Toll-like receptors (TLRs) are critical sensors for pathogens in the initiation of the innate immunity and for subsequent activation of the adaptive immunity. TLR signaling can be regulated by both positive and negative factors. In vitro studies suggest that heat shock protein (HSP) gp96 in the endoplasmic reticulum is essential for the folding/assembly and the surface expression of TLR1/2/4, but not for IL-1 beta/18 receptor. To understand the function of gp96 in the innate immunity in vivo, we have generated a macrophage-specific gp96 knockout mouse using LysM promoter-driven cre-mediated excision of exon 1 of gp96 gene. gp96-/- macrophage has profound defects in response to the stimulation by all TLR ligands tested. Our results have led us to hypothesize that gp96 is a master immune chaperone for TLRs including intracellular TLRs such as TLR9. In addition, we hypothesize that gp96 plays critical roles for the physiological function of macrophage in dealing with endotoxemia, as well as bacterial infections such as Salmonella and Listeria, both of which are category B pathogens. The first hypotheses will be addressed by the specific aim one , which is focused on elucidating the biochemical, structural and cell biological mechanisms of gp96 in chaperoning TLRs.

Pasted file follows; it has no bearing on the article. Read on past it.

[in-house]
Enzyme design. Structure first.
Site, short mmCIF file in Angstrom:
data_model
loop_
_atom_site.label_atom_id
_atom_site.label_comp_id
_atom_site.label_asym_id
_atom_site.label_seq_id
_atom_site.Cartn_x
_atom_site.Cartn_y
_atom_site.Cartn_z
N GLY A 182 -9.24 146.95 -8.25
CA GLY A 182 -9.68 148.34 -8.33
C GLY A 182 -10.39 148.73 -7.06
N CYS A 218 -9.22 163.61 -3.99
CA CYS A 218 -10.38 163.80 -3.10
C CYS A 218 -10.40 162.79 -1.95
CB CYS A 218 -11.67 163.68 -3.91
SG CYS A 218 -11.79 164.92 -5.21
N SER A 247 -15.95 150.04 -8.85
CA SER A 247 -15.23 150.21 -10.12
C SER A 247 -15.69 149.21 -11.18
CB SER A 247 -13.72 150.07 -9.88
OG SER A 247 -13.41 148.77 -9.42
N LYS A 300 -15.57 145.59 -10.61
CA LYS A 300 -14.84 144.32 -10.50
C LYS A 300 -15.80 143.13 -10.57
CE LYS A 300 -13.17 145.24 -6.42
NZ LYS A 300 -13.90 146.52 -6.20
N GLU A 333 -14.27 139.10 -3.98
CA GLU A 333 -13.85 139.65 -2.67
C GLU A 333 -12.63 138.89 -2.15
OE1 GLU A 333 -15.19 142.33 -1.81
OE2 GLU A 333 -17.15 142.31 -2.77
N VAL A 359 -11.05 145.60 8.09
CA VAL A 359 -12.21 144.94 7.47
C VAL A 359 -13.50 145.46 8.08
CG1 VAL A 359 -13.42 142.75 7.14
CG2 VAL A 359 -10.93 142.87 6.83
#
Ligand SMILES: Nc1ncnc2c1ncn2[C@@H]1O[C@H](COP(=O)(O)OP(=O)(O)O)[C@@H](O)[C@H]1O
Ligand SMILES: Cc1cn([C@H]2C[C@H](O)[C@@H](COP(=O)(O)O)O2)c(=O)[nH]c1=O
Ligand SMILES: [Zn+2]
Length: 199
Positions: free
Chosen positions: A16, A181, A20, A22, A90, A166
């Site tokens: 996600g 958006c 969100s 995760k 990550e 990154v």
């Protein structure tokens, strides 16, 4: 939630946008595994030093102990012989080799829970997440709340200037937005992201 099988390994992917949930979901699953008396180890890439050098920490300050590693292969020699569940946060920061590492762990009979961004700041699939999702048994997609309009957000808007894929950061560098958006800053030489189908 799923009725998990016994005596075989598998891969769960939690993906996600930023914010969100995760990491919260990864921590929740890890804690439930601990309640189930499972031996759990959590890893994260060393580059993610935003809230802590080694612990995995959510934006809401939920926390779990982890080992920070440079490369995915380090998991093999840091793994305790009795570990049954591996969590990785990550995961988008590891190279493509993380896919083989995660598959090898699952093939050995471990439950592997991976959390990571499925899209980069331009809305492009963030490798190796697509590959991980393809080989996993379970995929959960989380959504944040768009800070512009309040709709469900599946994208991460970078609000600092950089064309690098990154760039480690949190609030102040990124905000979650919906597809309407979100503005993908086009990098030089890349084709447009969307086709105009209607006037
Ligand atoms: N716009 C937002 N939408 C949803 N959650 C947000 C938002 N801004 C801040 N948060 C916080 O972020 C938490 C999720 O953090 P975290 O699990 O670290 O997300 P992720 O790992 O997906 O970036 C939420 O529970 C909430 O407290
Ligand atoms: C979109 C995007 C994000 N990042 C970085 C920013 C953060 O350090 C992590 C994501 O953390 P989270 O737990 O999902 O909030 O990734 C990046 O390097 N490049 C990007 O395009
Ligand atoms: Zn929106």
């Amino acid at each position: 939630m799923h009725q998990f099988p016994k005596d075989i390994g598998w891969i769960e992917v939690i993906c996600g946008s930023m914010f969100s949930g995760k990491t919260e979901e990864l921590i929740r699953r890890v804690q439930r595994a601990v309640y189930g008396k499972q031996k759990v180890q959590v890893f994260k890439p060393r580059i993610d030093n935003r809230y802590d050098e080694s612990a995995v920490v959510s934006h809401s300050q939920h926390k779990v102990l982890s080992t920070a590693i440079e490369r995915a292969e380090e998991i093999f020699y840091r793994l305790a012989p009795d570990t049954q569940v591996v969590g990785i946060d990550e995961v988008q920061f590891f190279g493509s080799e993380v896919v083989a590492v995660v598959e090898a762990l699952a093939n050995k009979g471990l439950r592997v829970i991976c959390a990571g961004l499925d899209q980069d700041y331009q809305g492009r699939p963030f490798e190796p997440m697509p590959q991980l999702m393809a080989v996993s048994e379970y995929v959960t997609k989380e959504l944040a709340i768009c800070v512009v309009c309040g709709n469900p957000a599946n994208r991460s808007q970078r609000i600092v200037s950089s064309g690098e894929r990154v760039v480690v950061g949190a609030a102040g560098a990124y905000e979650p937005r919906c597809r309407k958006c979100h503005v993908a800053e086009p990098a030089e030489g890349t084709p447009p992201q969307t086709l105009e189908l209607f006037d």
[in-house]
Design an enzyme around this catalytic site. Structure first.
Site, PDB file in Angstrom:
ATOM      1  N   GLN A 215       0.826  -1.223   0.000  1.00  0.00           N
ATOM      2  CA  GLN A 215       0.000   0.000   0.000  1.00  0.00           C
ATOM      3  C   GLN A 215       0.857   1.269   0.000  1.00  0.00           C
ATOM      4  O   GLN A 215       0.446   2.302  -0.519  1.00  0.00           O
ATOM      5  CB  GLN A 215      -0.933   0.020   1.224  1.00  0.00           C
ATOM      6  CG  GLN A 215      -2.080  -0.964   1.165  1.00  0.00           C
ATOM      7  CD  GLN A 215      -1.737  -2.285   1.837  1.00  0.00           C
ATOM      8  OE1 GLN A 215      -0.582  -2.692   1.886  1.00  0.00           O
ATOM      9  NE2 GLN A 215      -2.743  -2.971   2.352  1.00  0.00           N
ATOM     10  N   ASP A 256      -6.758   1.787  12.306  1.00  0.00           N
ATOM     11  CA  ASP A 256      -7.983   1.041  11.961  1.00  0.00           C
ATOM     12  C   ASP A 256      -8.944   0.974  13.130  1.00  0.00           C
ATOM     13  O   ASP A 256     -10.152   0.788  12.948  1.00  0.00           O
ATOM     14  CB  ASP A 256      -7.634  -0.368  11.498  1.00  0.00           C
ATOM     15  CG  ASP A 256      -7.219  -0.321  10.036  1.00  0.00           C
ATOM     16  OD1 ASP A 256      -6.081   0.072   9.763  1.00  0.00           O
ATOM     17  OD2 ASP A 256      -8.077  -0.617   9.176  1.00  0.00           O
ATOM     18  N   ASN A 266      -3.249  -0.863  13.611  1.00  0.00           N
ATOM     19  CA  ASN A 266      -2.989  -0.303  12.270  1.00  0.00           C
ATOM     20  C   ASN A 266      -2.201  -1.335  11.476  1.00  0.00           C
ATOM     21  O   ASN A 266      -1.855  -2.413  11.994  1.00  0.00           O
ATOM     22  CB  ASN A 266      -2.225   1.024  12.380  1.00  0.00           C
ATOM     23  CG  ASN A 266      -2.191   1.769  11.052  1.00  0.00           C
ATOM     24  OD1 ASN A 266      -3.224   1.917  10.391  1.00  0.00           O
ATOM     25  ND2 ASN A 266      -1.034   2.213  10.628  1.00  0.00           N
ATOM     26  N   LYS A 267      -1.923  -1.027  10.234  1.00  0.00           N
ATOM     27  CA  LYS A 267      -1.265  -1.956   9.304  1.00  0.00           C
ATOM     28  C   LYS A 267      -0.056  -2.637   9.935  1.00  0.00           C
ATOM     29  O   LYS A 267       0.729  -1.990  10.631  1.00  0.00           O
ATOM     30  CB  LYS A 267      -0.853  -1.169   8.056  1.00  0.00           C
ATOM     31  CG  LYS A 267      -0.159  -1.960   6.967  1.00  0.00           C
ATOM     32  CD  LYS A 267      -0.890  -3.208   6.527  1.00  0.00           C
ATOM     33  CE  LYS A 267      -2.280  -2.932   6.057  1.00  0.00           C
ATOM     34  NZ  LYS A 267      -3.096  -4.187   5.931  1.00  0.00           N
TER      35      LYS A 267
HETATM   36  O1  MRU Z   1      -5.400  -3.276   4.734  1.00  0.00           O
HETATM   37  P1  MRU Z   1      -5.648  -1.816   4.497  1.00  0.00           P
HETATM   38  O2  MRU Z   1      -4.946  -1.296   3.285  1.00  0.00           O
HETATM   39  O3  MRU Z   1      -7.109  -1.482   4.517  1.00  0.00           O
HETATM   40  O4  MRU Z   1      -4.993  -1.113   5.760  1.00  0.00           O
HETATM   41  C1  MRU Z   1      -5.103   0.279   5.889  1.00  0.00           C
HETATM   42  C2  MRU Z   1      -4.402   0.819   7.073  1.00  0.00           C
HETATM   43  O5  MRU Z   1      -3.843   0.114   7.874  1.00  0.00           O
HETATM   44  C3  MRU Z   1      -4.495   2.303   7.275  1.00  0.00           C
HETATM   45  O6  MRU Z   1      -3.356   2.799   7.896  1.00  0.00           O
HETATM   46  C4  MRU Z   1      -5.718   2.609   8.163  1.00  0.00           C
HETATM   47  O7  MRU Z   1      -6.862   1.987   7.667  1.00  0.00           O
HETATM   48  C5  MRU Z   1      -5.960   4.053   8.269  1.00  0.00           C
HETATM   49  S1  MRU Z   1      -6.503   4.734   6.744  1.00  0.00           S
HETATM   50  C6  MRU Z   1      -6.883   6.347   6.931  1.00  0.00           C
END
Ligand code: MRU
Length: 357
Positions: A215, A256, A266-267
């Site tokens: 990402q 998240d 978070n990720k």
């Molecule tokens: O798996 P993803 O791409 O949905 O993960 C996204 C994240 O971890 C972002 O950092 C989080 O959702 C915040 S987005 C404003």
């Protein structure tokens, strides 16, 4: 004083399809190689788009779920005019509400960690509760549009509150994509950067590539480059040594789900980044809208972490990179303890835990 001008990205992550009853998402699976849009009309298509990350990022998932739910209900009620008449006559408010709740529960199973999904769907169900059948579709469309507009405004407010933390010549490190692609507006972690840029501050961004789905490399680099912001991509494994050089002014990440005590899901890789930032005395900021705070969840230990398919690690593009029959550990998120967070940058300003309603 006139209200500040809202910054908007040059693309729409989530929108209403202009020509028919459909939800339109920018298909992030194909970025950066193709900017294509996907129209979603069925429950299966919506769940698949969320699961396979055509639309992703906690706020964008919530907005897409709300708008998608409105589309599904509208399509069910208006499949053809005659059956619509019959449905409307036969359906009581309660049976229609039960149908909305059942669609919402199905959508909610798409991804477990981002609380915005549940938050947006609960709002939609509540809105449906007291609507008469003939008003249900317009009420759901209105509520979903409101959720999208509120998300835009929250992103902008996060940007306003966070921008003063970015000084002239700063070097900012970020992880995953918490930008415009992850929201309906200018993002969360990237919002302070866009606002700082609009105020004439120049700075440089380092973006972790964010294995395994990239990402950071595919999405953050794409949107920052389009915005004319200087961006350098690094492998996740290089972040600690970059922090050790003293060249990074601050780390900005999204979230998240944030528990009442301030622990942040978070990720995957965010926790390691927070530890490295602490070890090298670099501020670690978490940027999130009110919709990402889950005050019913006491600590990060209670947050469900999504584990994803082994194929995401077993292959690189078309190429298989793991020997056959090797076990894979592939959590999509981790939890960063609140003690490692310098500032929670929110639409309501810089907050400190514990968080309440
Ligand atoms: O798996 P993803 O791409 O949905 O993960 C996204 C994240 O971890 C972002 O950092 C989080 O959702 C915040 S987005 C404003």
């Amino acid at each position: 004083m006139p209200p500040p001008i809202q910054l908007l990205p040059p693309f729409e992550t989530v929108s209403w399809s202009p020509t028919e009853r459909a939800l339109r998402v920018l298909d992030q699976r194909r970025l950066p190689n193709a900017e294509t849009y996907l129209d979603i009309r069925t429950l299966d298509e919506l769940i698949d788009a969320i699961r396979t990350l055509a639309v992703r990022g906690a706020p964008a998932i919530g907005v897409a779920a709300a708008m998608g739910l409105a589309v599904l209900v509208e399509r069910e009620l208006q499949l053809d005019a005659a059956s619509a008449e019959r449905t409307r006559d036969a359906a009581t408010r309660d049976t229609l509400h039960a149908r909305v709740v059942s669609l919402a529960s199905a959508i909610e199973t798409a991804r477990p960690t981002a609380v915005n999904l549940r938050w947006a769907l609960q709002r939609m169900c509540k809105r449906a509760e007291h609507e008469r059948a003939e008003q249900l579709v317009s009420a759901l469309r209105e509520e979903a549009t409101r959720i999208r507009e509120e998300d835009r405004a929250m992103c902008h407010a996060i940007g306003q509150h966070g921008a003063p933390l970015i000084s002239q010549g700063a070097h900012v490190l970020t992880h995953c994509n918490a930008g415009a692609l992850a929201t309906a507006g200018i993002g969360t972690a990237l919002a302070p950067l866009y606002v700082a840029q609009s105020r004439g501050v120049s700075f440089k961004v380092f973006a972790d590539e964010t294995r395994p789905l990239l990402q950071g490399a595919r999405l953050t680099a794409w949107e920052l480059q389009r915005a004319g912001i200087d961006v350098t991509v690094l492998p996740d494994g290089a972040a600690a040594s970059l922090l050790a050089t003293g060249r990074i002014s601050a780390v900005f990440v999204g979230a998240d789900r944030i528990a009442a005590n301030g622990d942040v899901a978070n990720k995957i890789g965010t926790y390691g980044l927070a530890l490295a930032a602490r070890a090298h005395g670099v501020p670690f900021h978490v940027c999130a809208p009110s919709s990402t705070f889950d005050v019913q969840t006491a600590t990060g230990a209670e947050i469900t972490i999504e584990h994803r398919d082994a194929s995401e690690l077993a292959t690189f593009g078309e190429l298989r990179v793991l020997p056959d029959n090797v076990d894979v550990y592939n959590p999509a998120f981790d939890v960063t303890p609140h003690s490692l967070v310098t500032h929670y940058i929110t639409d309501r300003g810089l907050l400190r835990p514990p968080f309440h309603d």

Aim 2 is designed to understand the significance of macrophage- restricted gp96-TLR interaction (or lack of it) both in vitro and in vivo in the context of sepsis and bacterial infection. Our study on the regulation of TLR folding and the function of macrophage in inflammations, as well as bacterial infections, should have broad implications in areas such as infectious diseases, cancer, and atherosclerosis as well as biodefense against emerging pathogens.

National Institute of Health (NIH)
National Institute of Allergy and Infectious Diseases (NIAID)
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Innate Immunity and Inflammation Study Section (III)
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Palker, Thomas J
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University of Connecticut
Schools of Medicine
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